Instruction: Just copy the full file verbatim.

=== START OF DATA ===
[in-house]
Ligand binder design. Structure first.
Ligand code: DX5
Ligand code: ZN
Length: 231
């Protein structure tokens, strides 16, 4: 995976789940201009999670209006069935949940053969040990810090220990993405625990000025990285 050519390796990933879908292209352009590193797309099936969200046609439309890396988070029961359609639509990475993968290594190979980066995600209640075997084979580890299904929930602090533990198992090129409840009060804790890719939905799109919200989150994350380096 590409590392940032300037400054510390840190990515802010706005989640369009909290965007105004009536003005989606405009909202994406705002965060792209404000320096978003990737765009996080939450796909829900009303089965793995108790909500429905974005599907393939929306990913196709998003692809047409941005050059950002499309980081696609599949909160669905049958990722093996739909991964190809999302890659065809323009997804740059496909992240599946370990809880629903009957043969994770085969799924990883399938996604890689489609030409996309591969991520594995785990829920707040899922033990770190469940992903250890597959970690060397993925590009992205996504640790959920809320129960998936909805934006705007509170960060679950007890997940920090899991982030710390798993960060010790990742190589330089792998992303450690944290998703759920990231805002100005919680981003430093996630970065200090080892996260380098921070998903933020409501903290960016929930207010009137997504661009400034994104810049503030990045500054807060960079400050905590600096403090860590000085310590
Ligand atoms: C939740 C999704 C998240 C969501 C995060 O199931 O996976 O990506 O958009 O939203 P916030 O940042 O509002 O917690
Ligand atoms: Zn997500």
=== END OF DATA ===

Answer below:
[in-house]
Ligand binder design. Structure first.
Ligand code: DX5
Ligand code: ZN
Length: 231
């Protein structure tokens, strides 16, 4: 995976789940201009999670209006069935949940053969040990810090220990993405625990000025990285 050519390796990933879908292209352009590193797309099936969200046609439309890396988070029961359609639509990475993968290594190979980066995600209640075997084979580890299904929930602090533990198992090129409840009060804790890719939905799109919200989150994350380096 590409590392940032300037400054510390840190990515802010706005989640369009909290965007105004009536003005989606405009909202994406705002965060792209404000320096978003990737765009996080939450796909829900009303089965793995108790909500429905974005599907393939929306990913196709998003692809047409941005050059950002499309980081696609599949909160669905049958990722093996739909991964190809999302890659065809323009997804740059496909992240599946370990809880629903009957043969994770085969799924990883399938996604890689489609030409996309591969991520594995785990829920707040899922033990770190469940992903250890597959970690060397993925590009992205996504640790959920809320129960998936909805934006705007509170960060679950007890997940920090899991982030710390798993960060010790990742190589330089792998992303450690944290998703759920990231805002100005919680981003430093996630970065200090080892996260380098921070998903933020409501903290960016929930207010009137997504661009400034994104810049503030990045500054807060960079400050905590600096403090860590000085310590
Ligand atoms: C939740 C999704 C998240 C969501 C995060 O199931 O996976 O990506 O958009 O939203 P916030 O940042 O509002 O917690
Ligand atoms: Zn997500």